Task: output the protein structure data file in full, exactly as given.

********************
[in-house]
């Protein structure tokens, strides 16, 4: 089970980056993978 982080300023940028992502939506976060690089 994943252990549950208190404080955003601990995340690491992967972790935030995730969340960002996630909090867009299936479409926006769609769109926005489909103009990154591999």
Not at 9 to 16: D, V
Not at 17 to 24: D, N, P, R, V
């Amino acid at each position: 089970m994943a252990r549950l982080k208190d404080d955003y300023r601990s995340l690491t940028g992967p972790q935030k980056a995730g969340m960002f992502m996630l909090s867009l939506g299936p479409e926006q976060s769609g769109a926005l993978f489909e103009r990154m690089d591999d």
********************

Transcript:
[in-house]
């Protein structure tokens, strides 16, 4: 089970980056993978 982080300023940028992502939506976060690089 994943252990549950208190404080955003601990995340690491992967972790935030995730969340960002996630909090867009299936479409926006769609769109926005489909103009990154591999």
Not at 9 to 16: D, V
Not at 17 to 24: D, N, P, R, V
């Amino acid at each position: 089970m994943a252990r549950l982080k208190d404080d955003y300023r601990s995340l690491t940028g992967p972790q935030k980056a995730g969340m960002f992502m996630l909090s867009l939506g299936p479409e926006q976060s769609g769109a926005l993978f489909e103009r990154m690089d591999d």